Are you hampered by a large volume of email every day? Do you go on a business trip and return to a couple hundred new emails waiting for you? Do you feel buried by all the urgent action items that come your way? Do you feel that you never get to your “to do” items from yesterday? How about the week before? the month before? Well, imagine how your Director or Vice President feels!? He or she has more responsibility and larger action items than most. Plus, they get a lot more email. Therefore when you email an executive you have to use the right method or it might not get read. Ready for the surprise: effective emails to executives will often get you recognized as someone ready for a job promotion! Here are 4 rules to follow when emailing executives:
Lead with the bottom line
If you need your VP to do something or know something, then state it right upfront. Executives don’t have the time to sift through your entire email looking for the takeaway or action item. Give your executive the opportunity to quickly understand your message, form their opinion or questions, reply and clear the email out of their inbox. One organization I worked for used the BLOT approach (Bottom Line on Top). At the top of each email you wrote BLOT: and a one sentence description of what the email was about or what action was needed.
KISS: keep it short and sweet
Keep the overall email very short. 50 – 100 words is great but try not to exceed 250. When you see a long email you naturally pass on it because you don’t want it to slow down your progress of cleaning out your email. Executives are the same way – they would rather process 50 emails in 10 minutes instead of really reading 2 or 3 long ones during that time.
Minimize sentence length
Your executive wants to scan messages as much as possible. Wordy sentences slow that down. Take a few extra seconds to craft your point in fewer words. If your sentence is cumbersome then restructure the sequence of verbs and nouns. Also, break up your sentence into more than one – each sentence should make a single point. Don’t write for a 3rd grader but rather write in sounds bytes that are easy to scan and process quickly.
If you’ve created a document that presents your information, consider moving the relevant parts to the email. You can do this as a screen shot of your document or pasted text at the bottom of your email. It’s also extremely helpful to keep your message simple and reference the additional information below your signature. This lets your VP/Director quickly understand the purpose of your message and choose when to digest the supporting info. Driving someone to an attachment or link drops the chance of your email being read.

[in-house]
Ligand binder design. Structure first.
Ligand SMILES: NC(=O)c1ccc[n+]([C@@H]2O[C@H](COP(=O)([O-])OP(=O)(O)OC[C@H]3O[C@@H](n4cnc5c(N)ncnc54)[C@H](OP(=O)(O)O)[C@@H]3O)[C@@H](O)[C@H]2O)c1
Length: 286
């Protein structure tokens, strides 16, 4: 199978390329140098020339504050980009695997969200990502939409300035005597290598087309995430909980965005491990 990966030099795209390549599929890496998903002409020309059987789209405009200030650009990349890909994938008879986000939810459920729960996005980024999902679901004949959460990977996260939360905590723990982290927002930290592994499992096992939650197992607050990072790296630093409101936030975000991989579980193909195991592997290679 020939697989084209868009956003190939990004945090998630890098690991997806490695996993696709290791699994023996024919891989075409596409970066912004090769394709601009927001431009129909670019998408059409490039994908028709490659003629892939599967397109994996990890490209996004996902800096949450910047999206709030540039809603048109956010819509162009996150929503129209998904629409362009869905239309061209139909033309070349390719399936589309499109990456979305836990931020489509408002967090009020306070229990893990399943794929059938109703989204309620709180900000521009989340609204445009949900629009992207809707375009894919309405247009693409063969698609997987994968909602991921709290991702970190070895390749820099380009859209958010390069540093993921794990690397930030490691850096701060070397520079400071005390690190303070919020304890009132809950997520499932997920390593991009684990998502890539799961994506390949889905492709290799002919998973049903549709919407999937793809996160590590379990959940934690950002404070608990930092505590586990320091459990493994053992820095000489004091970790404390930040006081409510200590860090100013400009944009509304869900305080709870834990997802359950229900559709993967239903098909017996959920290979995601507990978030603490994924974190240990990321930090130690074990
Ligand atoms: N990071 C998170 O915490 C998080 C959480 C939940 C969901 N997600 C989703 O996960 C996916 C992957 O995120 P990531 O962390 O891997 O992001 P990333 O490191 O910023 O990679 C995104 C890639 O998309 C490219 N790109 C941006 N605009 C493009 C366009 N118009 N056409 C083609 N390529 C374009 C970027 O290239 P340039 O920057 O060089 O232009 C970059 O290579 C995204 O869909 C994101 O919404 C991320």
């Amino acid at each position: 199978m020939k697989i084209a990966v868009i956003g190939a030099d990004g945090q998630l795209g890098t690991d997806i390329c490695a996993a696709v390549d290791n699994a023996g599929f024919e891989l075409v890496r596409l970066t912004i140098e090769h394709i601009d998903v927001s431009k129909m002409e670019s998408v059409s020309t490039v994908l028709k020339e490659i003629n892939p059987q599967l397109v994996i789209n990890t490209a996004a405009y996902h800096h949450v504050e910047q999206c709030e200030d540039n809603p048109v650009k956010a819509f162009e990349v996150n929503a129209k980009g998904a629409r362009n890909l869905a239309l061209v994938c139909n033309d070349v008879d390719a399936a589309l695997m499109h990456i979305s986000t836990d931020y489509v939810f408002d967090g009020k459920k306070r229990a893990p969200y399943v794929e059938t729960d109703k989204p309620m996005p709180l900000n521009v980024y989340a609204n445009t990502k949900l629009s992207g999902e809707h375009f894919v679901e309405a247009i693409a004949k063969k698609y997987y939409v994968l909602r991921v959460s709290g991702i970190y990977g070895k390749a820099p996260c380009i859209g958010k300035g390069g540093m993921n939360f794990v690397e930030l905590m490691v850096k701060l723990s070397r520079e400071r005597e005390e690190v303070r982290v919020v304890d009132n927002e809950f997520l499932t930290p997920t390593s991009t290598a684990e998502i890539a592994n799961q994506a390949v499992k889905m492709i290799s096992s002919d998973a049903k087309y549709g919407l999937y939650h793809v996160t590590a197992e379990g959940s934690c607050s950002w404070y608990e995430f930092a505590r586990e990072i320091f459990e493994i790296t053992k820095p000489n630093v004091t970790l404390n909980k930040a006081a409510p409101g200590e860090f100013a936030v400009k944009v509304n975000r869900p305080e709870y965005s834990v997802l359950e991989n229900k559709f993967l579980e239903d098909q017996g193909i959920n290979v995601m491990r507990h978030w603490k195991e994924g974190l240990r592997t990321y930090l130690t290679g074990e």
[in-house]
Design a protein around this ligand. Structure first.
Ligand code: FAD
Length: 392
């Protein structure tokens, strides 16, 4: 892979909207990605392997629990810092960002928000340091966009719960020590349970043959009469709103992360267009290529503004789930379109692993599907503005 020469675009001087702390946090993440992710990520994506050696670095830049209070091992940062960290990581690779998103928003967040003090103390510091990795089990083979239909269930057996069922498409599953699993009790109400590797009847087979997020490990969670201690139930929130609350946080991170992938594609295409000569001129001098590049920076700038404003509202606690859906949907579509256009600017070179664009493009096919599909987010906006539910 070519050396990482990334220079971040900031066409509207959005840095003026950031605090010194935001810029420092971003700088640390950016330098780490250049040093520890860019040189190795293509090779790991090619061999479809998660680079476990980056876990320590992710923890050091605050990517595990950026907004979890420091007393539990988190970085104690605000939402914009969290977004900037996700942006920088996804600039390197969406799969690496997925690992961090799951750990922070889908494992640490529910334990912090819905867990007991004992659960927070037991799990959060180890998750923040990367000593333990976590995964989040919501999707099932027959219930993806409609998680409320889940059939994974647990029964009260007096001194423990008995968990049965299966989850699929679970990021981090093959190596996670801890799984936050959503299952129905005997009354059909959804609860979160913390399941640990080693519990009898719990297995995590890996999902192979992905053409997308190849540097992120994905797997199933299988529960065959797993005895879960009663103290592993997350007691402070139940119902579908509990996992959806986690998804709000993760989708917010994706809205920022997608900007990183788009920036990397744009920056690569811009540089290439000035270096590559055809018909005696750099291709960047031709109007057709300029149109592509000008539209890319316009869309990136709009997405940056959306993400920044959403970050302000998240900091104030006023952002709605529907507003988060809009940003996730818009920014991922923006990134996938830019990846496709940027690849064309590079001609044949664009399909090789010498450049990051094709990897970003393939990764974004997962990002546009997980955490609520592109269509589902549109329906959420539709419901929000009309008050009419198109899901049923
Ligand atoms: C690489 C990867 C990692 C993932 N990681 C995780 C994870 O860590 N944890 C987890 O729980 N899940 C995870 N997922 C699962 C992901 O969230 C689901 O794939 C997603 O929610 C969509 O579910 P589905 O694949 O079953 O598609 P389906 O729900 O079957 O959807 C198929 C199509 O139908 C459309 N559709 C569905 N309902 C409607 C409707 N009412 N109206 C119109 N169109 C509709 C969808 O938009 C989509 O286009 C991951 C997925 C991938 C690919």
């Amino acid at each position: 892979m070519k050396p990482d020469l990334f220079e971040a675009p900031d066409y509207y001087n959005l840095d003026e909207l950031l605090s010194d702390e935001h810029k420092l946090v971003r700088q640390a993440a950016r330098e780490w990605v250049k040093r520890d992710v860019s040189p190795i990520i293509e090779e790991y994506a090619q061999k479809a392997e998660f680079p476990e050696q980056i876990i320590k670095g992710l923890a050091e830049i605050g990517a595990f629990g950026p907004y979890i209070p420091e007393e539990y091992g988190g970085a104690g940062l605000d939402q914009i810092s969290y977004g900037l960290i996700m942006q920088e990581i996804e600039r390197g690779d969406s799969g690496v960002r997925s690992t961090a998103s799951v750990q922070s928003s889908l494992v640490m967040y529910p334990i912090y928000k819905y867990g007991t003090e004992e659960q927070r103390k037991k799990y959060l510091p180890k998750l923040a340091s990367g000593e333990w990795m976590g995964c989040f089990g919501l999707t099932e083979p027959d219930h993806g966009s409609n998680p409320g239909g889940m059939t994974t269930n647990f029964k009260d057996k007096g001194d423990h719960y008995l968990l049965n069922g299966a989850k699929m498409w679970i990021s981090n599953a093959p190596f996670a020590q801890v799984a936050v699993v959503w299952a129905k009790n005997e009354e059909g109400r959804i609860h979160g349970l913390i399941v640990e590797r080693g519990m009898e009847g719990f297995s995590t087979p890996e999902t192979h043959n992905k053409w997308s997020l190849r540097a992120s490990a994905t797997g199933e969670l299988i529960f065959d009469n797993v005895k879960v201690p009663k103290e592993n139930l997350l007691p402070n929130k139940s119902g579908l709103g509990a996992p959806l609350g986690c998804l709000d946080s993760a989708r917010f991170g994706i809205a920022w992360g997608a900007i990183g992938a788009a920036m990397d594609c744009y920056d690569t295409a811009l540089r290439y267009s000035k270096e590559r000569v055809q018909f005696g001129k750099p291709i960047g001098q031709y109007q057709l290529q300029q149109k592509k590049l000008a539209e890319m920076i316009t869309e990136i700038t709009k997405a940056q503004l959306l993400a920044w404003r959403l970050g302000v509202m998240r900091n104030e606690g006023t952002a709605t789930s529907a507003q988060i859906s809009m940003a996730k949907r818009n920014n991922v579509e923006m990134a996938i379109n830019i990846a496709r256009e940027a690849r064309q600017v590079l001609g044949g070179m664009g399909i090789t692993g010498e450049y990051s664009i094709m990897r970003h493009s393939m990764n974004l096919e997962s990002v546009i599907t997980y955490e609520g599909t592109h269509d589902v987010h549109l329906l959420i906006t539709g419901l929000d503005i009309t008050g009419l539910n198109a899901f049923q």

A promotion is waiting for you
At this point are you thinking the best strategy is to just avoid sending emails to anyone whose title is “Director” or “Vice President”? From a promotion perspective, that is just as big of a mistake. You need to be catching the attention of those who make promotions if you want one. Thus, the only option is to craft effective business communications.
Trying to get a promotion begins on your first day on the job. You are constantly showing your superiors that you are worthy of a career promotion. Every phone call, presentation and email is an example of your ability to do the job at the next level. Take every email seriously and take a bit more time on the ones to your executives, including your boss – both good and bad business communication skills and written communication skills are noticed!
Why do all these things matter? An efficient, succinct email tells your VP that you respect his/her time. He or she will then be happy to read your emails because he/she can process them quickly. These good email-writing habits will be appreciated and respected by other team members and give you the reputation for being a good communicator.
Amy Wolfgang is a career coach who founded Wolfgang Career Coaching and co-founded Coaching 4 Good. She brings over 15 years of corporate and coaching experience to help organizations boost employee engagement while simultaneously helping her clients excel in their careers. She is a certified PCM (Professional Career Manager) and has a Master’s degree in Educational Psychology from The University of Texas at Austin.
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